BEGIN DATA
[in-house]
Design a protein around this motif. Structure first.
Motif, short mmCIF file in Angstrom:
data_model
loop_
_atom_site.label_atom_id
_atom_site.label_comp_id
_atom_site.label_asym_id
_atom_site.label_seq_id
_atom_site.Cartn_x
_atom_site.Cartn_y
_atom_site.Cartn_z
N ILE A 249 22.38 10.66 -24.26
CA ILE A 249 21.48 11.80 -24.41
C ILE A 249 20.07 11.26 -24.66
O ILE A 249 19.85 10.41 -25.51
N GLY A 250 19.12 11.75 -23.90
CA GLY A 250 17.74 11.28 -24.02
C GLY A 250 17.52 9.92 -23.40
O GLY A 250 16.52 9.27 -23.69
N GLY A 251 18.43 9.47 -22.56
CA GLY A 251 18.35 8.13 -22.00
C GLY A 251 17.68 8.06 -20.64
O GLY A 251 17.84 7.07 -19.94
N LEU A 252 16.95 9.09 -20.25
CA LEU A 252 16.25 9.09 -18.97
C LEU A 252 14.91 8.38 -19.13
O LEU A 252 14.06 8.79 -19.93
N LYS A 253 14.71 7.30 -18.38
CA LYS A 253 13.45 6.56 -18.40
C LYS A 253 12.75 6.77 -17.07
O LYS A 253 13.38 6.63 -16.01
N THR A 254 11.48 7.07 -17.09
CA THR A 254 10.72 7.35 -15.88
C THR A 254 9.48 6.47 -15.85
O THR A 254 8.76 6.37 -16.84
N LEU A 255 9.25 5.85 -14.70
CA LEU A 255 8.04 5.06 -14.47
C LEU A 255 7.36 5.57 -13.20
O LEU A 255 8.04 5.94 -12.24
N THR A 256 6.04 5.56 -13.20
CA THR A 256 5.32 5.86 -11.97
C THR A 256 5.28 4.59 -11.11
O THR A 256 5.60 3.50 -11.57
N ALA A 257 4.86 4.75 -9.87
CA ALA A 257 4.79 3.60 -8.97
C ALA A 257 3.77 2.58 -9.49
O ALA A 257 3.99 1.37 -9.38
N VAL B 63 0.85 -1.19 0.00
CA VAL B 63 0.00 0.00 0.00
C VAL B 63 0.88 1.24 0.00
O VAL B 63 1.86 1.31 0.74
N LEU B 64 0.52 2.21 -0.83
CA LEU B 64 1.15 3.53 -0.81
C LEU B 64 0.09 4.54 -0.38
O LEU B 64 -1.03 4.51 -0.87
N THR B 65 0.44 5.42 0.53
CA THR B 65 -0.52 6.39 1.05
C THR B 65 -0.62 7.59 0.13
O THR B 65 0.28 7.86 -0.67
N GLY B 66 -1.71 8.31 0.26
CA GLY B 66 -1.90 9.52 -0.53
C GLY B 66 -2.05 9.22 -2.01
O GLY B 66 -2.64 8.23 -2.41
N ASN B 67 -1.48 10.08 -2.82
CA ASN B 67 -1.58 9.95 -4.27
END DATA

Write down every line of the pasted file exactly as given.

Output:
[in-house]
Design a protein around this motif. Structure first.
Motif, short mmCIF file in Angstrom:
data_model
loop_
_atom_site.label_atom_id
_atom_site.label_comp_id
_atom_site.label_asym_id
_atom_site.label_seq_id
_atom_site.Cartn_x
_atom_site.Cartn_y
_atom_site.Cartn_z
N ILE A 249 22.38 10.66 -24.26
CA ILE A 249 21.48 11.80 -24.41
C ILE A 249 20.07 11.26 -24.66
O ILE A 249 19.85 10.41 -25.51
N GLY A 250 19.12 11.75 -23.90
CA GLY A 250 17.74 11.28 -24.02
C GLY A 250 17.52 9.92 -23.40
O GLY A 250 16.52 9.27 -23.69
N GLY A 251 18.43 9.47 -22.56
CA GLY A 251 18.35 8.13 -22.00
C GLY A 251 17.68 8.06 -20.64
O GLY A 251 17.84 7.07 -19.94
N LEU A 252 16.95 9.09 -20.25
CA LEU A 252 16.25 9.09 -18.97
C LEU A 252 14.91 8.38 -19.13
O LEU A 252 14.06 8.79 -19.93
N LYS A 253 14.71 7.30 -18.38
CA LYS A 253 13.45 6.56 -18.40
C LYS A 253 12.75 6.77 -17.07
O LYS A 253 13.38 6.63 -16.01
N THR A 254 11.48 7.07 -17.09
CA THR A 254 10.72 7.35 -15.88
C THR A 254 9.48 6.47 -15.85
O THR A 254 8.76 6.37 -16.84
N LEU A 255 9.25 5.85 -14.70
CA LEU A 255 8.04 5.06 -14.47
C LEU A 255 7.36 5.57 -13.20
O LEU A 255 8.04 5.94 -12.24
N THR A 256 6.04 5.56 -13.20
CA THR A 256 5.32 5.86 -11.97
C THR A 256 5.28 4.59 -11.11
O THR A 256 5.60 3.50 -11.57
N ALA A 257 4.86 4.75 -9.87
CA ALA A 257 4.79 3.60 -8.97
C ALA A 257 3.77 2.58 -9.49
O ALA A 257 3.99 1.37 -9.38
N VAL B 63 0.85 -1.19 0.00
CA VAL B 63 0.00 0.00 0.00
C VAL B 63 0.88 1.24 0.00
O VAL B 63 1.86 1.31 0.74
N LEU B 64 0.52 2.21 -0.83
CA LEU B 64 1.15 3.53 -0.81
C LEU B 64 0.09 4.54 -0.38
O LEU B 64 -1.03 4.51 -0.87
N THR B 65 0.44 5.42 0.53
CA THR B 65 -0.52 6.39 1.05
C THR B 65 -0.62 7.59 0.13
O THR B 65 0.28 7.86 -0.67
N GLY B 66 -1.71 8.31 0.26
CA GLY B 66 -1.90 9.52 -0.53
C GLY B 66 -2.05 9.22 -2.01
O GLY B 66 -2.64 8.23 -2.41
N ASN B 67 -1.48 10.08 -2.82
CA ASN B 67 -1.58 9.95 -4.27